Jackie Robinson: I don’t care if they like me. I didn’t come here to make friends. I don’t even care if they respect me. I know who I am. I’ve got enough respect for myself. I do not want them to beat me.
Sometimes the universe toys with the world in powerful ways, and has you wondering if something is more than mere coincidence. When I found out about Chadwick Boseman’s passing, I just so happened to be watching a Dodgers game. On this season’s Jackie Robinson Day. With players wearing #42, the title of the biopic Boseman hit a home run in with his performance as Jackie Robinson.
It’s an important performance that merits a quick revisiting in the year 2020, with civil rights and racial injustice at the forefront of our everyday news cycle. In 42, we see Boseman embody the role of the African-American legend who broke baseball’s color barrier against all odds, while showcasing an unbridled strength and intestinal fortitude that helped love triumph over hate. It’s a gritty performance that encapsulates a chapter of our country’s ugly history, set against America’s pastime, at a time when another chapter is unfolding right before our very eyes.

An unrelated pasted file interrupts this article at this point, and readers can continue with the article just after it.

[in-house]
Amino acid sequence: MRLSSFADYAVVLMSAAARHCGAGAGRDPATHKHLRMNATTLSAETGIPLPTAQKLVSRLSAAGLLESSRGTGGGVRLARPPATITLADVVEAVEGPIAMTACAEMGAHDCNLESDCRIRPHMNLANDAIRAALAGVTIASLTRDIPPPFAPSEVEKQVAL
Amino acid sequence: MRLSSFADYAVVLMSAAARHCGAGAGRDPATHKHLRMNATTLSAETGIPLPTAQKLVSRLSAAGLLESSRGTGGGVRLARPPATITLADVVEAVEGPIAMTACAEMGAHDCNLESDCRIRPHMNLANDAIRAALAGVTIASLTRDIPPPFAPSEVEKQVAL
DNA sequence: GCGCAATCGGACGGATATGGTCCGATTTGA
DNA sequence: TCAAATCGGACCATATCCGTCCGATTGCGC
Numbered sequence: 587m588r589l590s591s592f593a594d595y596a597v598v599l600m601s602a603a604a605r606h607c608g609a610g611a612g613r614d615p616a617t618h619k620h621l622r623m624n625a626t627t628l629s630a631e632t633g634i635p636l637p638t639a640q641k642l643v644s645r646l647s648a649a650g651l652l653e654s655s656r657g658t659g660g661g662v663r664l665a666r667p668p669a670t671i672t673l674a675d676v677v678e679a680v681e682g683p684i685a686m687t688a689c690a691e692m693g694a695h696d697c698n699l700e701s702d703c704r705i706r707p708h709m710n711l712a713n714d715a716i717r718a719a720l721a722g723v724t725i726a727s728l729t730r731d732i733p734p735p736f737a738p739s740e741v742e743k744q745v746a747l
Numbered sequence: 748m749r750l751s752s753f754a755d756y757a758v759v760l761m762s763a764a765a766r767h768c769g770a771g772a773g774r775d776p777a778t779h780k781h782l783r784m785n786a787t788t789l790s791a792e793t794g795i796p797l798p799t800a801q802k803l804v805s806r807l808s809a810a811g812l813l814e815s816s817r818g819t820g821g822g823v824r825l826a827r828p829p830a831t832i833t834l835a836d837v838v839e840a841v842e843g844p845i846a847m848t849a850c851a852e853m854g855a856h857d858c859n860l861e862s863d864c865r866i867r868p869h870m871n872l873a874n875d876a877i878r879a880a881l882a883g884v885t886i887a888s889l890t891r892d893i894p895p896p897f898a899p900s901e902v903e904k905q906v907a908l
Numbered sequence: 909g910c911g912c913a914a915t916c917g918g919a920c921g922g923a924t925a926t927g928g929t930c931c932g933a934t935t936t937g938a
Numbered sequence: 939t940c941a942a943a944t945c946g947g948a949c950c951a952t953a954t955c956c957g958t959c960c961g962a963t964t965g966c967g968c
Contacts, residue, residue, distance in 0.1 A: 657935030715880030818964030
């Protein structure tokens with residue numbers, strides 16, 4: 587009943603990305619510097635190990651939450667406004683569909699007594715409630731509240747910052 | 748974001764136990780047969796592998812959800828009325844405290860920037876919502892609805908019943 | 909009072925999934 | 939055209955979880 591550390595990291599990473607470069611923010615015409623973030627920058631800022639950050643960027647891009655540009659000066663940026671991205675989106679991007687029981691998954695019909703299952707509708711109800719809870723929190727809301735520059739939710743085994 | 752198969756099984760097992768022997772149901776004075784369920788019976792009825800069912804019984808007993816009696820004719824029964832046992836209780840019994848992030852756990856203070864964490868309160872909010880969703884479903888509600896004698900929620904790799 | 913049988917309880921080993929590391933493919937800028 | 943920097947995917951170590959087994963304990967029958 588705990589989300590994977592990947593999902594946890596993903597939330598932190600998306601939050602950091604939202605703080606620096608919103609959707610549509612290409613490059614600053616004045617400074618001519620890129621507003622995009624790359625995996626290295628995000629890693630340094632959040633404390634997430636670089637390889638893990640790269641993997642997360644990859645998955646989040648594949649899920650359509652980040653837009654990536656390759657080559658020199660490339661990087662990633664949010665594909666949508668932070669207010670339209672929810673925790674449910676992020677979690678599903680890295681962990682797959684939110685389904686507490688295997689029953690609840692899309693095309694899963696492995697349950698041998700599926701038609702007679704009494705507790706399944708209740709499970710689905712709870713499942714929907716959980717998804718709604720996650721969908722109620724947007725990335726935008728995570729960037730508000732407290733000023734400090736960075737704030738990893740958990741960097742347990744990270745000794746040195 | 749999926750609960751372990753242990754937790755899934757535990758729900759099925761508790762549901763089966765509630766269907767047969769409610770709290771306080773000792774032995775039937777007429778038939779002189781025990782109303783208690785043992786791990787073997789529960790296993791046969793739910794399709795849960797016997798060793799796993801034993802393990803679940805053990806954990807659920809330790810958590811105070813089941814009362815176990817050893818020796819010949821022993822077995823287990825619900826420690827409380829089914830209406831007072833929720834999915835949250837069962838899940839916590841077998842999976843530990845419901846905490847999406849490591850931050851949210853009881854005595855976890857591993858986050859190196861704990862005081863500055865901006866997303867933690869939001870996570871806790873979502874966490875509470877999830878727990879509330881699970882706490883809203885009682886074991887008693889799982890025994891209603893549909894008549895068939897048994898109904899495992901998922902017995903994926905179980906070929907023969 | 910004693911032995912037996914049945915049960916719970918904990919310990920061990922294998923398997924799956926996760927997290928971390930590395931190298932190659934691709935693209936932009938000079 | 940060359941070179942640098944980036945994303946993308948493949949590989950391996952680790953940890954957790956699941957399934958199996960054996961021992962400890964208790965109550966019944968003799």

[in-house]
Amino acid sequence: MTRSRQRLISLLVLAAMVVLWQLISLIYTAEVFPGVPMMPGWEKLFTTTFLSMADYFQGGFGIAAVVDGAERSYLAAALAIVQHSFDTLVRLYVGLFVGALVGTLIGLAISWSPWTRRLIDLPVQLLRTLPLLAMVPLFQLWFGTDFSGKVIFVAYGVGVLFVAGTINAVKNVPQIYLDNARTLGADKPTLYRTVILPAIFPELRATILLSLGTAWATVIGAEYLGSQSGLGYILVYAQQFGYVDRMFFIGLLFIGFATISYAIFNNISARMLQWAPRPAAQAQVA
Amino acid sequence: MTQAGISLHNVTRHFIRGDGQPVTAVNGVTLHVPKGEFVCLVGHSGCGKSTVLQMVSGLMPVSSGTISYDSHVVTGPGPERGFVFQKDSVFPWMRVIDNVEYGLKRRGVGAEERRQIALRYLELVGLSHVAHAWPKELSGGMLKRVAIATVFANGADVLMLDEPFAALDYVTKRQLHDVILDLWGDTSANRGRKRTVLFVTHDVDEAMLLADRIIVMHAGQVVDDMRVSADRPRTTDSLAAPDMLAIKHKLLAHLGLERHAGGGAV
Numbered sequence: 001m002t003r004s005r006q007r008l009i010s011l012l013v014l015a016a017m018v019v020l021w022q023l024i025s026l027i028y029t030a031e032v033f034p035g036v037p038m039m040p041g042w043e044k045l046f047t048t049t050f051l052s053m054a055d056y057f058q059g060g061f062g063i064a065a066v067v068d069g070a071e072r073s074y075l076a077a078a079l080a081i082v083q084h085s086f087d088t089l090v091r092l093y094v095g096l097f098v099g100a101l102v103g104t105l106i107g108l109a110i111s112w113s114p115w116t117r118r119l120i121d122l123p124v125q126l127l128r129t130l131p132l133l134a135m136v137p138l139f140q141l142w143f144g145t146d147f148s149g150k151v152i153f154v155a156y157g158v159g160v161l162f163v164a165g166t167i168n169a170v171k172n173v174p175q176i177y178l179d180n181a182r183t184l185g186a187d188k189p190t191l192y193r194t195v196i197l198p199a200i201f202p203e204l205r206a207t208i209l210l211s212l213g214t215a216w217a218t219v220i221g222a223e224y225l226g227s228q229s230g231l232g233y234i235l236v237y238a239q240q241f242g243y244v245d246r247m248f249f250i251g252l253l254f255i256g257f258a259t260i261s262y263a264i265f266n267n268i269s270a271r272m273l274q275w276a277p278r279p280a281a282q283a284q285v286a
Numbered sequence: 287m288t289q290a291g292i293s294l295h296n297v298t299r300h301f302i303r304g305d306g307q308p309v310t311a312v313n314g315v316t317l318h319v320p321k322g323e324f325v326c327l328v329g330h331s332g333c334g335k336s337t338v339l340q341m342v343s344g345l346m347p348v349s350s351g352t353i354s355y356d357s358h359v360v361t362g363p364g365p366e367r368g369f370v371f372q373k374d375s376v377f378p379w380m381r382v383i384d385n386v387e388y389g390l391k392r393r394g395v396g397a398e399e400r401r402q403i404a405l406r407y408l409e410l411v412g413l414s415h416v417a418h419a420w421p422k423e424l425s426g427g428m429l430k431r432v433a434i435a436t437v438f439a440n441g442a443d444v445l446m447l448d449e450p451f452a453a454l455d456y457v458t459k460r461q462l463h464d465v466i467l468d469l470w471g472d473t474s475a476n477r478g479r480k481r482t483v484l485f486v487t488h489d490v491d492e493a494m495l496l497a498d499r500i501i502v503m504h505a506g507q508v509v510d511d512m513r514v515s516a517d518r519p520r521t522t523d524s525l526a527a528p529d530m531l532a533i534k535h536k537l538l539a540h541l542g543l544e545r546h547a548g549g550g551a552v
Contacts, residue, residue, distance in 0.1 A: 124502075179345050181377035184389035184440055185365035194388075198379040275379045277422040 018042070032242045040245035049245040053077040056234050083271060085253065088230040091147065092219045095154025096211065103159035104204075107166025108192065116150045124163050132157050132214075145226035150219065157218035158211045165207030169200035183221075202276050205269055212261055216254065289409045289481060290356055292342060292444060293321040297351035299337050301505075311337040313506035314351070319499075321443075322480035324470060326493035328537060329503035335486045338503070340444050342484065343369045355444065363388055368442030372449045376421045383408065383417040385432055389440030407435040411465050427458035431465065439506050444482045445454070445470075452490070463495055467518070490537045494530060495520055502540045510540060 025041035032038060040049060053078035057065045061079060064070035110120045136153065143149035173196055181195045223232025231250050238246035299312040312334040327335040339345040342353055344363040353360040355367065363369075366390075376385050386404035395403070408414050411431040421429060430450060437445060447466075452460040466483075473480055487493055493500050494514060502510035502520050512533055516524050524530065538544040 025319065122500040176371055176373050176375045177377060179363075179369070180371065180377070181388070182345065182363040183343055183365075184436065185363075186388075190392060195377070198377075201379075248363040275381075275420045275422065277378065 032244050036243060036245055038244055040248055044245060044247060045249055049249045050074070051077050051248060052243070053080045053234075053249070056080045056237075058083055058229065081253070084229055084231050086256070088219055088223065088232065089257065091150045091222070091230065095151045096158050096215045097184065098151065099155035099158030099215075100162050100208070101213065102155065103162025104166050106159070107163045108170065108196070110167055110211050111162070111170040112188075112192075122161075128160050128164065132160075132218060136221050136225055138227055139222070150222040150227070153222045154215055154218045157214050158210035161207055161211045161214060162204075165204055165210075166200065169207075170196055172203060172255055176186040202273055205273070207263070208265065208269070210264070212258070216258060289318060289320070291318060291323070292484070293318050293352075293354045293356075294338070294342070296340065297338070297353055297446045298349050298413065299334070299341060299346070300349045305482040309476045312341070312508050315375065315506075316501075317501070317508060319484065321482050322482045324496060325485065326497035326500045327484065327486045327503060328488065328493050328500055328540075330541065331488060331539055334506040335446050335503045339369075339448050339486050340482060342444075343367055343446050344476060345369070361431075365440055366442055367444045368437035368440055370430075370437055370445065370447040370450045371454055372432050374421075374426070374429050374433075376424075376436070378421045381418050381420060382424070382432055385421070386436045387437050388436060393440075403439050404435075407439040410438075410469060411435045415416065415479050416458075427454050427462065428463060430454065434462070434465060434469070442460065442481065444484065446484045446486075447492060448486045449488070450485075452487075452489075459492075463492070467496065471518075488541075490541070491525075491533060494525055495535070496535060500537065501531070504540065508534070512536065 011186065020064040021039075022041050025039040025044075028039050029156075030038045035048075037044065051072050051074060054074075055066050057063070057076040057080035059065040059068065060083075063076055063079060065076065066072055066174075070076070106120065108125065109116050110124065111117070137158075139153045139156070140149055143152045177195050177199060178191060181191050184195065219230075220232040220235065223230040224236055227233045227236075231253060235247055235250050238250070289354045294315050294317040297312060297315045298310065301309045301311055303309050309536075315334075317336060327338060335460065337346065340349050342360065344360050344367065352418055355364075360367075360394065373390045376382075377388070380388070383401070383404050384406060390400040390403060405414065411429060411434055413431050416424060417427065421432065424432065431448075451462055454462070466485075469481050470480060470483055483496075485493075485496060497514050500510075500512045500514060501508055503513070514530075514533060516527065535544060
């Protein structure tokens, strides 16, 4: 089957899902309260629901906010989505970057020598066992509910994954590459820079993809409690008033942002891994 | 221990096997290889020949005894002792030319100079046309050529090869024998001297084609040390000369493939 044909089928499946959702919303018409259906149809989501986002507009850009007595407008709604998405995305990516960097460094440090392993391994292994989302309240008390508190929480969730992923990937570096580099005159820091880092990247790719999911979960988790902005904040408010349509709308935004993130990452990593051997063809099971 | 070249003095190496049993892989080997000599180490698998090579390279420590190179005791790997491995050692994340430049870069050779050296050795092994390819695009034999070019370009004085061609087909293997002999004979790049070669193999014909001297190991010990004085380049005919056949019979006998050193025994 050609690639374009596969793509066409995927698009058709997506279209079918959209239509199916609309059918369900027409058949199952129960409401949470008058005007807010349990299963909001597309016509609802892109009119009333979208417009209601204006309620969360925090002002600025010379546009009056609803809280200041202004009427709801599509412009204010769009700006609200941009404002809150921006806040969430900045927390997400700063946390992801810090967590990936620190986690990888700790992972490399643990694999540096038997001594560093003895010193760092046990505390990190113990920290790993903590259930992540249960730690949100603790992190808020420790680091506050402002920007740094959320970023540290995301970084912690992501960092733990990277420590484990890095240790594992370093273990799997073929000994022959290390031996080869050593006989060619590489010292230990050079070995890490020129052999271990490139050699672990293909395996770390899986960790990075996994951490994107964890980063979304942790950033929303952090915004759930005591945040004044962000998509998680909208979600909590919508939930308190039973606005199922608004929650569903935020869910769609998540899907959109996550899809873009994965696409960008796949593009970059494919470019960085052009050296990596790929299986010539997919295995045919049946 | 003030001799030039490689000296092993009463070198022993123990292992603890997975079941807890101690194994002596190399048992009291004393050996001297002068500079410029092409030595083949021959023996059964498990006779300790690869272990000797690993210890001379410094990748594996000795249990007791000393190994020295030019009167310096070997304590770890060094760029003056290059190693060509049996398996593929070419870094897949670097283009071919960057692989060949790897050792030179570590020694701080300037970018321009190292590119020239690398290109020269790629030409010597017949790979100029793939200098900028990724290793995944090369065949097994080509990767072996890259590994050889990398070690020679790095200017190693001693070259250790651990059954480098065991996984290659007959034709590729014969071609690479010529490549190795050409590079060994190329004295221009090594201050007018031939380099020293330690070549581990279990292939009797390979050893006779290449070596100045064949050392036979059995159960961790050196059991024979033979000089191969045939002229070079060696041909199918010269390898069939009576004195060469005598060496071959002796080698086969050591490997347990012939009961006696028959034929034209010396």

Black Panther (2018)
One of Boseman’s more memorable lines from the movie:
King T’Challa: What happens now determines what happens to the rest of the world.
As a testament to his superhero qualities as an actor, it became fitting that Boseman eventually became entrusted to play one — King T’Challa in Marvel Cinematic Universe’s Black Panther. In a film that defied expectation to become one of the top grossing films of all time ($1.3B and counting), Boseman led a stellar cast in what ultimately became a global cultural phenomenon.
Not only did it put Boseman at the center of a commercial success, but “Wakanda Forever” became part of the cultural lexicon, and led to salutes wherever he went. The Black Marvel superhero also made an incalculable impact on millions of fans, as evidenced by this heartfelt tribute on The Tonight Show Starring Jimmy Fallon.